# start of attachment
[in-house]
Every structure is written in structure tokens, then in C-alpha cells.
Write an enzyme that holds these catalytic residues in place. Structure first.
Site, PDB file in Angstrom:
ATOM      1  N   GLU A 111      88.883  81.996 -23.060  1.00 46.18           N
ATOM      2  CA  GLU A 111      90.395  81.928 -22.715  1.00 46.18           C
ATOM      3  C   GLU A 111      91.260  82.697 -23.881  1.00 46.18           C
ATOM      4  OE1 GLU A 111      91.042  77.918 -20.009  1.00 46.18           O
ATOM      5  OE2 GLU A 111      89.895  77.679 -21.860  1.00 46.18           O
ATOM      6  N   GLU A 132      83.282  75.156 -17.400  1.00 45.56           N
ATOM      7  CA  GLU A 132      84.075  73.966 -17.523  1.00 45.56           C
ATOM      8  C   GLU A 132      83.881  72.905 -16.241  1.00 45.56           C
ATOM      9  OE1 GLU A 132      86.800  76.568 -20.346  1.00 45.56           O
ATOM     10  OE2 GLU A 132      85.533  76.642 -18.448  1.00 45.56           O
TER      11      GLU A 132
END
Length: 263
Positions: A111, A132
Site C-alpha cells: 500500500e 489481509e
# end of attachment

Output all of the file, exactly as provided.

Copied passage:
[in-house]
Every structure is written in structure tokens, then in C-alpha cells.
Write an enzyme that holds these catalytic residues in place. Structure first.
Site, PDB file in Angstrom:
ATOM      1  N   GLU A 111      88.883  81.996 -23.060  1.00 46.18           N
ATOM      2  CA  GLU A 111      90.395  81.928 -22.715  1.00 46.18           C
ATOM      3  C   GLU A 111      91.260  82.697 -23.881  1.00 46.18           C
ATOM      4  OE1 GLU A 111      91.042  77.918 -20.009  1.00 46.18           O
ATOM      5  OE2 GLU A 111      89.895  77.679 -21.860  1.00 46.18           O
ATOM      6  N   GLU A 132      83.282  75.156 -17.400  1.00 45.56           N
ATOM      7  CA  GLU A 132      84.075  73.966 -17.523  1.00 45.56           C
ATOM      8  C   GLU A 132      83.881  72.905 -16.241  1.00 45.56           C
ATOM      9  OE1 GLU A 132      86.800  76.568 -20.346  1.00 45.56           O
ATOM     10  OE2 GLU A 132      85.533  76.642 -18.448  1.00 45.56           O
TER      11      GLU A 132
END
Length: 263
Positions: A111, A132
Site C-alpha cells: 500500500e 489481509e